Compared with the preoperative values, the Cobb C and Cobb S values were improved for both groups at 3 months and 12 months postoperatively. In the Cage group, the Cobb C was 13.91 ± 4.44° at 3 months postoperatively, which decreased to 11.40 ± 3.19° at 12 months postoperatively, while the Cobb C was 14.83 ± 4.35° and 12.66 ± 3.17° in the Zero-P group at 3 months and 12 months postoperatively, respectively. The Cobb S of the Cage group increased from 6.68 ± 2.65° at 3 months after the operation to 7.08 ± 2.36° at 12 months postoperatively. In the Zero-P group, Cobb S increased from 6.11 ± 2.27° at the 3-month postoperative assessment to 7.19 ± 1.74° at 12 months postoperatively. No significant difference was observed between the two groups for either Cobb C or Cobb S at any time after surgery. Regarding the extent of the TIH, the two groups had a significant increase in the distance between the vertebral bodies at 3 months and 12 months after the operation. No significant differences were observed between the two groups for the TIH at any time after surgery. Based on observation of the TIH, subsidence occurred in five patients in the Cage group and four patients in the Zero-P group at 12 months postoperatively. The occurrence rate of subsidence in the two groups was not significantly different (P > 0.05) (Table 4).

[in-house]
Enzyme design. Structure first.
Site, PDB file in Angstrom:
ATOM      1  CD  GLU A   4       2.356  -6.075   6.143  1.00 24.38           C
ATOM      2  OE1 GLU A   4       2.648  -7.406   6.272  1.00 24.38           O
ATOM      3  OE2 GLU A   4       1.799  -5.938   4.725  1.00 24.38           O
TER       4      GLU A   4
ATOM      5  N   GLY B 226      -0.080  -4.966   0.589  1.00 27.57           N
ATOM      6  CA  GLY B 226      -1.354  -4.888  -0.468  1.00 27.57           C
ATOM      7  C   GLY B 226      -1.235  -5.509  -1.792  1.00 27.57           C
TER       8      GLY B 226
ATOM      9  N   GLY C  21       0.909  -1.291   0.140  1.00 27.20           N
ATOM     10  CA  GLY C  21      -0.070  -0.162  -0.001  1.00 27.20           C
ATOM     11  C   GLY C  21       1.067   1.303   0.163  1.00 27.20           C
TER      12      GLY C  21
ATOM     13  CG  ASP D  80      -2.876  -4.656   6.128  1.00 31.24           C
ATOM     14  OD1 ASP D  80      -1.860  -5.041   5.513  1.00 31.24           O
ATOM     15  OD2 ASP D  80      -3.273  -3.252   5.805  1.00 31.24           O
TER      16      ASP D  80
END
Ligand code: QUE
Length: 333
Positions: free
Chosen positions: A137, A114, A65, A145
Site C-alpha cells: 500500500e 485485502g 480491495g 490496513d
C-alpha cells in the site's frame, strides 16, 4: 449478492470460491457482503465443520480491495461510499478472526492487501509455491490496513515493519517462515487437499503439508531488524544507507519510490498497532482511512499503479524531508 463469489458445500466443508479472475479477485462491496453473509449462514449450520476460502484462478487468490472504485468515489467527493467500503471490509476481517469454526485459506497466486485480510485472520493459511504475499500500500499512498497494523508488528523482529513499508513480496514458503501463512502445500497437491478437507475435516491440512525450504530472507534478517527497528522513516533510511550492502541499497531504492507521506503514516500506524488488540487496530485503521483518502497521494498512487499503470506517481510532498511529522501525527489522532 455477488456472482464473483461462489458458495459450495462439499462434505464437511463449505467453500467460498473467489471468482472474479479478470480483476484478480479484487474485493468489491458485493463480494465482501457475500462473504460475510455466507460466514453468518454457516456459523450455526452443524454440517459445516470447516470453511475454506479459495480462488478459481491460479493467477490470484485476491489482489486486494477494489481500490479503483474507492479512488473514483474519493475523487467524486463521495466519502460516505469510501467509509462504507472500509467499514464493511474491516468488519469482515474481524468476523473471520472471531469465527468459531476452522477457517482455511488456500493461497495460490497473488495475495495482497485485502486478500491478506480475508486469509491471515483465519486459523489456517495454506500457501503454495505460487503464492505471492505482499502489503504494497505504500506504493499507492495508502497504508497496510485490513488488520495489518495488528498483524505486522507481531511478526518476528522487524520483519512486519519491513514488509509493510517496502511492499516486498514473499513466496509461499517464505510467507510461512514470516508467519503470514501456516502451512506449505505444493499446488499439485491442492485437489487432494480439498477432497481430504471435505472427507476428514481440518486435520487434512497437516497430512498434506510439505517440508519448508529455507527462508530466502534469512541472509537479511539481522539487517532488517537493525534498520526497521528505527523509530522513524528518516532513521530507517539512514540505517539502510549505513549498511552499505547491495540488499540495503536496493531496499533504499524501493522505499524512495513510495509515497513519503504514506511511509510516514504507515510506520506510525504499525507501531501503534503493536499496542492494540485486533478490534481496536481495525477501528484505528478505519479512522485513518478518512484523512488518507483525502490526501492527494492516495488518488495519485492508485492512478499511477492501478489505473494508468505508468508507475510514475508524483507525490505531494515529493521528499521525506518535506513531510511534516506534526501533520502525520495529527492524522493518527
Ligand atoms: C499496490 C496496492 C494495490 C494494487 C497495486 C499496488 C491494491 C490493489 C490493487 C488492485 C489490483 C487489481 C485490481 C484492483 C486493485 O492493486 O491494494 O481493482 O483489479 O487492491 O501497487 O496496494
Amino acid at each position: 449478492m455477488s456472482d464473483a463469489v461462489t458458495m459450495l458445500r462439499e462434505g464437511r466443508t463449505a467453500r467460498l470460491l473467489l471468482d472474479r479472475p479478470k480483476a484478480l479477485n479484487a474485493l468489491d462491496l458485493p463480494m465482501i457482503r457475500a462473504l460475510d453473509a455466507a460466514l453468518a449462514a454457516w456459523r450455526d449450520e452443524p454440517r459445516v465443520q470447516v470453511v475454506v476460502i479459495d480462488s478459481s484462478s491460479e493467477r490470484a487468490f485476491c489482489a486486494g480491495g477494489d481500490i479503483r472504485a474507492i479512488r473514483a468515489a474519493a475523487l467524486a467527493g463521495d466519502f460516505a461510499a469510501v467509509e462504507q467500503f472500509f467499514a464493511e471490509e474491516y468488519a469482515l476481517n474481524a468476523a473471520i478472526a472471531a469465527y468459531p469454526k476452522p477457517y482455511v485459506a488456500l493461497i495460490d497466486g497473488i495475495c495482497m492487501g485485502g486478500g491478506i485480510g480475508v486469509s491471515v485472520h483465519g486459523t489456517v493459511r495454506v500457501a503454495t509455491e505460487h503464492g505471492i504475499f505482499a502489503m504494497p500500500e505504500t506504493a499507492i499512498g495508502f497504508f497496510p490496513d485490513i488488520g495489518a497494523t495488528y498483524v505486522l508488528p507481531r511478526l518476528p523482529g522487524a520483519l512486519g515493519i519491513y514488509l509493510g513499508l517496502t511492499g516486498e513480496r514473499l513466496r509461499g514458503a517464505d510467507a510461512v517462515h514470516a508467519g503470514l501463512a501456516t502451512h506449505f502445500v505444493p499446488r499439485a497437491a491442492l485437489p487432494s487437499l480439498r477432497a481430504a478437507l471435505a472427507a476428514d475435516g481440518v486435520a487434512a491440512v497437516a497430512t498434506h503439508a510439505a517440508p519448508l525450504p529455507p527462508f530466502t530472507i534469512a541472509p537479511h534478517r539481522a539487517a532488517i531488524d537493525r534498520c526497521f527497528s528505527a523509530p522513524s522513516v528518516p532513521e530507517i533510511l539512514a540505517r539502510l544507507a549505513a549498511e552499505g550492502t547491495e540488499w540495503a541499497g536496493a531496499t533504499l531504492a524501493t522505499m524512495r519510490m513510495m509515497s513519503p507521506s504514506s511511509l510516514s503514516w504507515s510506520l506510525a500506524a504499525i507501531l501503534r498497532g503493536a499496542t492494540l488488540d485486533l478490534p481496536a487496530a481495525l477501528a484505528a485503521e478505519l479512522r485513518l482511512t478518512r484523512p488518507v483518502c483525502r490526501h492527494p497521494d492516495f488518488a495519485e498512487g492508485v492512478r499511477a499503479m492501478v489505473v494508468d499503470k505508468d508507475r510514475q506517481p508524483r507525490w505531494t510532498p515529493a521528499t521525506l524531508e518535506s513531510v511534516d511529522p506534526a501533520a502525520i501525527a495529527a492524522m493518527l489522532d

Table 4 Radiographic outcomes

During the follow-up, we did not observe screw looseness or screw detachment. Bone fusion was found in 97% and 100% of the Cage and Zero-P groups, respectively. No significant difference was detected in the fusion rate between the two groups (P > 0.05). The numbers of patients with bony spurs were five in the Cage group and none in the Zero-P group. The occurrence rate of bony spurs was significantly different between the two groups (P < 0.05) (Table 4). Series radiographs of typical cases are shown in Fig. 2.